Considering this disruptive sector has hugely significant military as well as civil usages, it is surprising that this is a risk Trump can justify taking. With protectionism such a key element of Trump rhetoric, losing ground to China in developing AI military applications could make the US more vulnerable from a national security perspective.

If Trump is ignoring the obvious, China is paying attention. As the July AI paper stated, China intends to “…take the development of AI to the national strategic level…firmly seize the strategic initiative in the new stage of international competition in AI development, to create new competitive advantage, opening up the development of new space, and effectively protecting national security.”

If the president is not prepared to match Chinese investment in AI, he is certainly prepared to protect existing US interests. The focus will be directed towards greater scrutiny of Chinese investment in US, thus safeguarding access to sensitive technologies integral to national security.

By bolstering the power of the Committee on Foreign Investment in the United States (CFIUS), foreign acquisitions with potential national security implications will come under far more scrutiny. Reuters gained access to an associated Pentagon report in June this year, which suggests China is circumventing US attention by entering into transactions which do not presently prompt CFIUS review.

While this enhanced ‘due diligence’ may not please markets or enhance M&A activity, it may help Washington get a better night’s sleep. Beijing is naturally keen to downplay such matters, with Foreign Ministry spokesman Lu Kang stating that such investments should not be “politically over-interpreted”. However, estimates by Rhodium Group that the US is the largest beneficiary of Chinese foreign direct investment in 2016 ($45.6 billion) will not reassure Trump.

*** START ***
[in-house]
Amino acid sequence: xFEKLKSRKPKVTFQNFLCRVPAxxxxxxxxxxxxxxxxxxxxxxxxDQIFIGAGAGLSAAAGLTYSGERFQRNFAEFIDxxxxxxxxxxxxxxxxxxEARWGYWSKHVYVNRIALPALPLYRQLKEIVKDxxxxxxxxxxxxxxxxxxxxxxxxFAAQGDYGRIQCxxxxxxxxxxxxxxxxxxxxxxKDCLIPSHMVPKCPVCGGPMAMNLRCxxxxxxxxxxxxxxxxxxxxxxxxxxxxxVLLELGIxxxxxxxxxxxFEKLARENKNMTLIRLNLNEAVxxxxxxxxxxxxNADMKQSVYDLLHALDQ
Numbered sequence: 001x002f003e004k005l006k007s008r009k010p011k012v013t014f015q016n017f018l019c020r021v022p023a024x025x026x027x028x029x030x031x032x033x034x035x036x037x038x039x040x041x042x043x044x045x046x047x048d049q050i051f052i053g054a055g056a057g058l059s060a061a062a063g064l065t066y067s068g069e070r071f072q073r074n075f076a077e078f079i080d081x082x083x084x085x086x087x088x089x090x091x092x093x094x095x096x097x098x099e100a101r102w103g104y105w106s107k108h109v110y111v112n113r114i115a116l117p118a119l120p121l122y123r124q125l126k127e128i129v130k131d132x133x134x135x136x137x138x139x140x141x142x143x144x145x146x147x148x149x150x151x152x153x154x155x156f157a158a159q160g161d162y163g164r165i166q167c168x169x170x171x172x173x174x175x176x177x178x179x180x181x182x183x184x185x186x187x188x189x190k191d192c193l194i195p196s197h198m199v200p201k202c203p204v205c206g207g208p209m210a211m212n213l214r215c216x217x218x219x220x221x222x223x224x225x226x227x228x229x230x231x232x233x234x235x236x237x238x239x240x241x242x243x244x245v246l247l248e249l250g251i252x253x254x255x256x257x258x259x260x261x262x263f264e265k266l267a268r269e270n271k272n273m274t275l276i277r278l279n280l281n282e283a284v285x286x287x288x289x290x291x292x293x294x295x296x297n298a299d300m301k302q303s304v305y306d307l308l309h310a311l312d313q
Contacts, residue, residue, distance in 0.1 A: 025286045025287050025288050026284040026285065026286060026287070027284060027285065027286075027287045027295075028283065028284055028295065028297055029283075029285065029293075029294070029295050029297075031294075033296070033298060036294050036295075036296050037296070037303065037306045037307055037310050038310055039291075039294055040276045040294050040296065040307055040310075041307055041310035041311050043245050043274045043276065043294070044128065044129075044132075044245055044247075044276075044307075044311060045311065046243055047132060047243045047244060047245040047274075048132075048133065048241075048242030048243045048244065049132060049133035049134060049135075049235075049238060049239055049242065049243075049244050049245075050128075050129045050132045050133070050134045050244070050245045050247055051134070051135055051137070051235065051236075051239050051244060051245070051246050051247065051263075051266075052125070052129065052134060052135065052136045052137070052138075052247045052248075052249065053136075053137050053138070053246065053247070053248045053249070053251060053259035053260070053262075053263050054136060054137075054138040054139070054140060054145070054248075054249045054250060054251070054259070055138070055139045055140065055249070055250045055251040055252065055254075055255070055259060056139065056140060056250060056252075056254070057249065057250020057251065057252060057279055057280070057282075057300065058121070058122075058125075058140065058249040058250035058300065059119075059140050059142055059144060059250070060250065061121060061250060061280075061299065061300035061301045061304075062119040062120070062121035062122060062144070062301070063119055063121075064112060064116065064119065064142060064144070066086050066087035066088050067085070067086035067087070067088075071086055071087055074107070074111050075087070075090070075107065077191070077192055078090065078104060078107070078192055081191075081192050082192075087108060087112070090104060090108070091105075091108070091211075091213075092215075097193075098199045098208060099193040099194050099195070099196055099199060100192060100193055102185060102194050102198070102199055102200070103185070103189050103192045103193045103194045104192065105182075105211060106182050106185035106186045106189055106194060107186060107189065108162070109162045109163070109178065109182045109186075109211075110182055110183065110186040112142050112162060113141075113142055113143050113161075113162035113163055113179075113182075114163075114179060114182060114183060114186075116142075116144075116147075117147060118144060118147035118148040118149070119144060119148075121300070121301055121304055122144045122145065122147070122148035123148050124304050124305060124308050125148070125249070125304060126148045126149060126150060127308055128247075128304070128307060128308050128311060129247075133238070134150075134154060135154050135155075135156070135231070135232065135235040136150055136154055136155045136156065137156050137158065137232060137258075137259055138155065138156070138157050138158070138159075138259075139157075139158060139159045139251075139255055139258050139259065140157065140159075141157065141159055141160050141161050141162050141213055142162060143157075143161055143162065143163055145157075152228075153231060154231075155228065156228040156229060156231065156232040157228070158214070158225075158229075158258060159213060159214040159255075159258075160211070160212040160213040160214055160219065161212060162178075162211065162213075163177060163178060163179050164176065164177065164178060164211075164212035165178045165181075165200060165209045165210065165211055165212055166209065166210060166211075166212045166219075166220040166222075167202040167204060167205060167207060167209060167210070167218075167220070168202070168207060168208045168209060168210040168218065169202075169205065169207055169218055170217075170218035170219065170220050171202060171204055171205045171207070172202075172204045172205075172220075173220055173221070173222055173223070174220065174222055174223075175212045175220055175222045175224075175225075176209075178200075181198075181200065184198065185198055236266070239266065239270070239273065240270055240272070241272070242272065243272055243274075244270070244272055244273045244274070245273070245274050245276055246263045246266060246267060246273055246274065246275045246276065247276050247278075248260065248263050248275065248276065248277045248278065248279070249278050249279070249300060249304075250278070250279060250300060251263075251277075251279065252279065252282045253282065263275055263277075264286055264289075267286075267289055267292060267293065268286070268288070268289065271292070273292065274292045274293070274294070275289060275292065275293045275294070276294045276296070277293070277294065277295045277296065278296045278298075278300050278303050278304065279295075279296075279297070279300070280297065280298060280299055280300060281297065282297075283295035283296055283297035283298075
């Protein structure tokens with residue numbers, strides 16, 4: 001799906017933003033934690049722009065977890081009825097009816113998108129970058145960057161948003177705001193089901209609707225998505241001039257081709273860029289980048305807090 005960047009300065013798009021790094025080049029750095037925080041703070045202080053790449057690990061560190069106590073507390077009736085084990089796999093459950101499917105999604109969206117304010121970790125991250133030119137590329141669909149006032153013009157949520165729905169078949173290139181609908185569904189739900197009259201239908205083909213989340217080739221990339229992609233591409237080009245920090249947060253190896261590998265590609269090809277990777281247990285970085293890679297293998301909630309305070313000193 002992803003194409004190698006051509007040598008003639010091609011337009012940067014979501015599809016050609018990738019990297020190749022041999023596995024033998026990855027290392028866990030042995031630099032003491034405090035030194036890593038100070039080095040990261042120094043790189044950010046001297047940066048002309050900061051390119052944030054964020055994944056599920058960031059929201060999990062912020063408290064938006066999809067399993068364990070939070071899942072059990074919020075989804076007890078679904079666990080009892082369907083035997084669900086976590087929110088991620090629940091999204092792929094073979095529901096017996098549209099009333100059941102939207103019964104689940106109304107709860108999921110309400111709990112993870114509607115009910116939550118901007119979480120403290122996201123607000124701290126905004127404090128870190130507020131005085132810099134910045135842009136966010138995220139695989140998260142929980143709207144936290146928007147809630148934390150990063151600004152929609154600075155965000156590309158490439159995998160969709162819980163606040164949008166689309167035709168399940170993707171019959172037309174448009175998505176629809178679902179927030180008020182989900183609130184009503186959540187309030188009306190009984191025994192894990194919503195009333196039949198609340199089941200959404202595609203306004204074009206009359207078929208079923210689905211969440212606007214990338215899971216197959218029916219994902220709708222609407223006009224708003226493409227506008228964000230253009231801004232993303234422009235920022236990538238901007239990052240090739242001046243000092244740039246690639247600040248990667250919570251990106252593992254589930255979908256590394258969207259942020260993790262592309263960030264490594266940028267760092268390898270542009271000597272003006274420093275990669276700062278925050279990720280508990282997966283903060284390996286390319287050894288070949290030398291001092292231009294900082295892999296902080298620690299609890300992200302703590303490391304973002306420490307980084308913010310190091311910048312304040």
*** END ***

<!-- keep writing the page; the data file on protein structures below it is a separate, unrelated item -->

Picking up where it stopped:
The British take on technology

While the US and China brace themselves for battle, the UK is not standing still. The Wuzhen Institute ranked the UK a clear third in 2016 as regards AI ecosystems. The number of patents granted almost matched China’s total of 15,700, three times the level of the UK’s next closest competitor.

Notwithstanding Brexit, the fact that the UK is on such firm footing already ensures it is in prime position to capitalise on a global AI explosion.

Reacting to the third annual Tech Nation report earlier this year, Theresa May described the IT sector as a “great British success story”. Tech Nation revealed that the UK led Europe in attracting technology investment between 2011-2016. Having enjoyed tech inflows of £28 billion over this period, the efforts of France (£11 billion) and Germany (£9.3 billion) paled in comparison. Furthermore, with the digital economy growing twice as fast as GDP, it expanded by 30% over the same timeframe.

It would stand to economic reason that the UK government is keen to promote such a disruptive sector. Research from Accenture last year estimated that AI could add approximately £654 billion to the UK economy by 2035.

To this end, the UK government has made AI development a core component of its future digital strategy. The government has already pledged to support the UK IT sector with a £4.7 billion R&D fund, as it seeks to further enhance its AI credentials in the coming years.

Speaking at Microsoft Future Decoded in London last year, Chancellor Phillip Hammond believes technology can “futureproof” Britain, recognising that “…there is a once in generation chance to take the lead in innovation”.

For a sector characterised by disruption and boundless possibilities, the battle to become the AI leader will likely follow a similarly unpredictable path. The US may have a head start with its Silicon Valley stronghold, but China has made its intentions clear.

What we do know is that America will respond to this challenge, and a rebooted CFIUS is just the beginning. The race for AI supremacy could prove just as exciting as the innovation that drives it.

This article is for information and discussion purposes only and does not form a recommendation to invest or otherwise. The value of an investment may fall. The investments referred to in this article may not be suitable for all investors, and if in doubt, an investor should seek advice from a qualified investment adviser.